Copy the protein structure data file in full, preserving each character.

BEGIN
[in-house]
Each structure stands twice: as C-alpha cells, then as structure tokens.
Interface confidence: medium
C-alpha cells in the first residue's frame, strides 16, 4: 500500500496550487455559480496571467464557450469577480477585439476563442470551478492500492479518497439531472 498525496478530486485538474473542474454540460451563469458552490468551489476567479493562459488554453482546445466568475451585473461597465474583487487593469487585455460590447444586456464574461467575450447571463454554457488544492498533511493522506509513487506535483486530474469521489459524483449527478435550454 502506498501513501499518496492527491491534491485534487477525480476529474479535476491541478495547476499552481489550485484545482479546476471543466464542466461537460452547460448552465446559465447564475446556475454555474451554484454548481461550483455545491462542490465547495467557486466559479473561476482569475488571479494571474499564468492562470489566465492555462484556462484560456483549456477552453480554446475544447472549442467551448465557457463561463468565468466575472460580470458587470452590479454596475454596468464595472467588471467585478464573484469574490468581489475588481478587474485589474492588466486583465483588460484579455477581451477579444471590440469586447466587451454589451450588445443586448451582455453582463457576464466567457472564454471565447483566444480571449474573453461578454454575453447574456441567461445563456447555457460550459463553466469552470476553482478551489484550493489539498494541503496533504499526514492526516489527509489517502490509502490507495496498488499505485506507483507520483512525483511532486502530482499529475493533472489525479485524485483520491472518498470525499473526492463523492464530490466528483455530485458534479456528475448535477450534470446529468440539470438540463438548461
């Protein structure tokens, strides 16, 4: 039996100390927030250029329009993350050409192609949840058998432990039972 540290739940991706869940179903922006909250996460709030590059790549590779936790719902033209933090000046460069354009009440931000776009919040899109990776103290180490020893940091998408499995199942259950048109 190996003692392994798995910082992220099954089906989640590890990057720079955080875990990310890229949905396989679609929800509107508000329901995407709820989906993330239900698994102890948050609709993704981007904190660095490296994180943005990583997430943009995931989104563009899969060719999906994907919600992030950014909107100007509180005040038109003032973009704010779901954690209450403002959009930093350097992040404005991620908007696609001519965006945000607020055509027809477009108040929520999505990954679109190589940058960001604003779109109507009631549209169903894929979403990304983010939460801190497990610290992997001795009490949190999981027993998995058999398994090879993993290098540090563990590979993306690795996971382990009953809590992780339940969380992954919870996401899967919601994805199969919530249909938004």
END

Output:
[in-house]
Each structure stands twice: as C-alpha cells, then as structure tokens.
Interface confidence: medium
C-alpha cells in the first residue's frame, strides 16, 4: 500500500496550487455559480496571467464557450469577480477585439476563442470551478492500492479518497439531472 498525496478530486485538474473542474454540460451563469458552490468551489476567479493562459488554453482546445466568475451585473461597465474583487487593469487585455460590447444586456464574461467575450447571463454554457488544492498533511493522506509513487506535483486530474469521489459524483449527478435550454 502506498501513501499518496492527491491534491485534487477525480476529474479535476491541478495547476499552481489550485484545482479546476471543466464542466461537460452547460448552465446559465447564475446556475454555474451554484454548481461550483455545491462542490465547495467557486466559479473561476482569475488571479494571474499564468492562470489566465492555462484556462484560456483549456477552453480554446475544447472549442467551448465557457463561463468565468466575472460580470458587470452590479454596475454596468464595472467588471467585478464573484469574490468581489475588481478587474485589474492588466486583465483588460484579455477581451477579444471590440469586447466587451454589451450588445443586448451582455453582463457576464466567457472564454471565447483566444480571449474573453461578454454575453447574456441567461445563456447555457460550459463553466469552470476553482478551489484550493489539498494541503496533504499526514492526516489527509489517502490509502490507495496498488499505485506507483507520483512525483511532486502530482499529475493533472489525479485524485483520491472518498470525499473526492463523492464530490466528483455530485458534479456528475448535477450534470446529468440539470438540463438548461
């Protein structure tokens, strides 16, 4: 039996100390927030250029329009993350050409192609949840058998432990039972 540290739940991706869940179903922006909250996460709030590059790549590779936790719902033209933090000046460069354009009440931000776009919040899109990776103290180490020893940091998408499995199942259950048109 190996003692392994798995910082992220099954089906989640590890990057720079955080875990990310890229949905396989679609929800509107508000329901995407709820989906993330239900698994102890948050609709993704981007904190660095490296994180943005990583997430943009995931989104563009899969060719999906994907919600992030950014909107100007509180005040038109003032973009704010779901954690209450403002959009930093350097992040404005991620908007696609001519965006945000607020055509027809477009108040929520999505990954679109190589940058960001604003779109109507009631549209169903894929979403990304983010939460801190497990610290992997001795009490949190999981027993998995058999398994090879993993290098540090563990590979993306690795996971382990009953809590992780339940969380992954919870996401899967919601994805199969919530249909938004």